Breach of Contract
When any party to a contract, whether oral or written, fails to perform any of the contract’s terms, they may be found in breach of contract. While there are many ways to breach a contract, common failures include failure to deliver goods or services, failure to fully complete the job, failure to pay on time, or providing inferior goods or services. In other words, a breach of contract is a broken promise to do or provide something.
A partial breach, or failure to perform or provide some immaterial provision of the contract, may allow the aggrieved party to sue, though only for “actual damages”
Material Breach of Contract
Failure of one party to perform his obligations under the contract in such a way that the value of the contract is destroyed exposes that party to liability for breach of contract damages. Anticipatory Breach of Contract
The anticipatory breach occurs when one party to a contract stops acting in accordance with the contract, leading the other party to believe he has no intention of fulfilling his part of the agreement. In this case, the breaching party may give such an impression by his actions, or failure to act, such as failing to produce an ordered item, refusing to accept payment, or somehow making it obvious that he cannot or will not fulfill the terms of the contract. An anticipatory breach of contract enables the non-breaching party to end the contract and sue for breach of contract damages without waiting for the actual breach to occur.
Specific performance may be any court-ordered action, forcing the breaching party to perform or provide exactly what was agreed to in the contract. Specific performance is most often ordered in a contract involving something for which a value is difficult to determine, such as land or an unusual or rare item of personal property.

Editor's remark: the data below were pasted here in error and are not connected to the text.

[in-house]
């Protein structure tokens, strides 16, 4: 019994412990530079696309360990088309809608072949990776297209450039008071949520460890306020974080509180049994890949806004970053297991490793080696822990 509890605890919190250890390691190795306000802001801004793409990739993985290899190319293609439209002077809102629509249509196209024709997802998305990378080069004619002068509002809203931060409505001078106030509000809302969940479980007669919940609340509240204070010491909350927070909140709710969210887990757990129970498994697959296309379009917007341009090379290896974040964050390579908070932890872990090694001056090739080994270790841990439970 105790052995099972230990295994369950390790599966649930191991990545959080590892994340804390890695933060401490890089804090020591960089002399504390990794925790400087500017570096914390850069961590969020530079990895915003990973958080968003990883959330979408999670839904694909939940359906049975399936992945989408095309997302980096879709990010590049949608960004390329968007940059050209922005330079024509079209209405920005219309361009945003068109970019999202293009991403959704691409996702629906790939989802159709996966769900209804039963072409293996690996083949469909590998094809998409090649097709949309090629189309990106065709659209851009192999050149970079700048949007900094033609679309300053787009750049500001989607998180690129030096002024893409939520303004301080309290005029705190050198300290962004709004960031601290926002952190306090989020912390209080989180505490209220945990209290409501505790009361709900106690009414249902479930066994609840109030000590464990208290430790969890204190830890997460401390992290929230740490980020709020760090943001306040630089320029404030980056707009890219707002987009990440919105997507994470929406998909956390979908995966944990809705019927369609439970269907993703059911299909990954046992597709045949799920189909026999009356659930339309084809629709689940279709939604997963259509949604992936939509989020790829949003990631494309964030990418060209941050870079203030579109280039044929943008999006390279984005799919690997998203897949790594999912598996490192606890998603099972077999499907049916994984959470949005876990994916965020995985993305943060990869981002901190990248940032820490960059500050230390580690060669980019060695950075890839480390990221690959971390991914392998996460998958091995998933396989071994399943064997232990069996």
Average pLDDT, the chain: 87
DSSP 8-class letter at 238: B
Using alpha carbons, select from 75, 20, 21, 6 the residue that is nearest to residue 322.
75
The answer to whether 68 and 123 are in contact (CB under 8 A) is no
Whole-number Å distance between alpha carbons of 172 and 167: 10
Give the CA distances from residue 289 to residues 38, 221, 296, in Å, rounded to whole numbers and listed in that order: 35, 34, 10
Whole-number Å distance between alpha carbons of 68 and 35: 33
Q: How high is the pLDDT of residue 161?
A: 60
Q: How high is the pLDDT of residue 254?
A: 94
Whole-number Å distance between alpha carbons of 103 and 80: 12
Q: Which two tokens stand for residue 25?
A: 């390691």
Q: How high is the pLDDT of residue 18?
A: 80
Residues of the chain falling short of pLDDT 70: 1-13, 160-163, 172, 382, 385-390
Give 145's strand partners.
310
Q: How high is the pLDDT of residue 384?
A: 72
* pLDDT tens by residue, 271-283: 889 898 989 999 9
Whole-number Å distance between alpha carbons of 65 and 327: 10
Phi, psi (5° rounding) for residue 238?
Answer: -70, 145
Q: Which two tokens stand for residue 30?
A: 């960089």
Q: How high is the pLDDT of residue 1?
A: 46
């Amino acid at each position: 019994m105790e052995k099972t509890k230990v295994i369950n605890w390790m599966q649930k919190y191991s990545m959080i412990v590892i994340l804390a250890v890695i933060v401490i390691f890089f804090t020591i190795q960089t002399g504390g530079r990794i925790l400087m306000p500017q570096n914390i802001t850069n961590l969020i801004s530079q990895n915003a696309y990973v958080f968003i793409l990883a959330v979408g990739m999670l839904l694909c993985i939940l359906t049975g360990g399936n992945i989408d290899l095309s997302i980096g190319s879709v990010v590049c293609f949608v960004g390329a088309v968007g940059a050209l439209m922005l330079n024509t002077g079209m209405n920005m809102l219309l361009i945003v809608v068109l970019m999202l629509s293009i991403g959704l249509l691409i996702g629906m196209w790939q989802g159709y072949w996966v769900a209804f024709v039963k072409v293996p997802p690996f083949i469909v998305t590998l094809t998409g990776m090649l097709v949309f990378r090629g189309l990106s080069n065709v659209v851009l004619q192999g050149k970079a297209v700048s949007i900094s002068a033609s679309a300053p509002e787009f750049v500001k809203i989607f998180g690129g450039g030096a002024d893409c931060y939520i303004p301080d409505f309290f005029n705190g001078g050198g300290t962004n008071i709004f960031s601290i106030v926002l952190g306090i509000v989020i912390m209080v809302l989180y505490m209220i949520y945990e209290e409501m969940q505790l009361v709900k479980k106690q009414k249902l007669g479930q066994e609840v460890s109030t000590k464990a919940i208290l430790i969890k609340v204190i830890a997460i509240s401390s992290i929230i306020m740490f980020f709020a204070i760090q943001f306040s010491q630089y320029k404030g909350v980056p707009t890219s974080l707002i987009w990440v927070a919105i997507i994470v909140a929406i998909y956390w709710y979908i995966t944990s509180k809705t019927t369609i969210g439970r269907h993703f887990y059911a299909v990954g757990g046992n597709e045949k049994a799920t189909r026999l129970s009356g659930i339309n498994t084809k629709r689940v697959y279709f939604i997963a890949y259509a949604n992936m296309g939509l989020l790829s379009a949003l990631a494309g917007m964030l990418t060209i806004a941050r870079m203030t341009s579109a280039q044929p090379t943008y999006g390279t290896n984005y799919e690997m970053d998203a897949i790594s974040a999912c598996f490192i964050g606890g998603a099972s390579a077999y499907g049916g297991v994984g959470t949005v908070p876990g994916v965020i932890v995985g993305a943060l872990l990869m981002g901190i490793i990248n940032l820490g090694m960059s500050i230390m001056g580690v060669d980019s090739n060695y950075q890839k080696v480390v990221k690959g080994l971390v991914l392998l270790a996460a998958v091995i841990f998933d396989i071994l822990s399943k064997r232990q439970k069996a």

Example Breach of Contract Cases
Courts in the United States are virtually inundated with breach of contract cases.
Macy’s v. Martha Stewart Living
Macy’s department stores filed a breach of contract complaint against Martha Stewart Living Omnimedia for making an agreement with J.C. Penney for the creation of Martha Steward retail stores within their retail stores beginning February 2013. Prior to the deal, J.C. Penney had purchased a minority stake in Steward’s company for $38.5 million. The mini-retail stores were to carry Martha Stewart home goods, however, Macy’s argued they had been granted an exclusive right to make and sell certain Martha Steward Living products in an agreement signed in 2006.
Macy’s asked the court to stop Steward from breaching the contract while the court considered the matter. Twelve years later, in June 2014, a New York judge ruled that J.C. Penney had indeed stepped over Macy’s contract with the domestic diva in its attempt to sell products bearing her name. While the J.C. Penney contract has been nullified, monetary breach of contract damages were not immediately decided.
A breach of a contract is a serious issue that can happen to anyone. If your business or firm is involved in a breach of contract case, make sure that you seek help. Here at KFB, we have several attorneys who focus in contract law. If you need assistance, give us a call.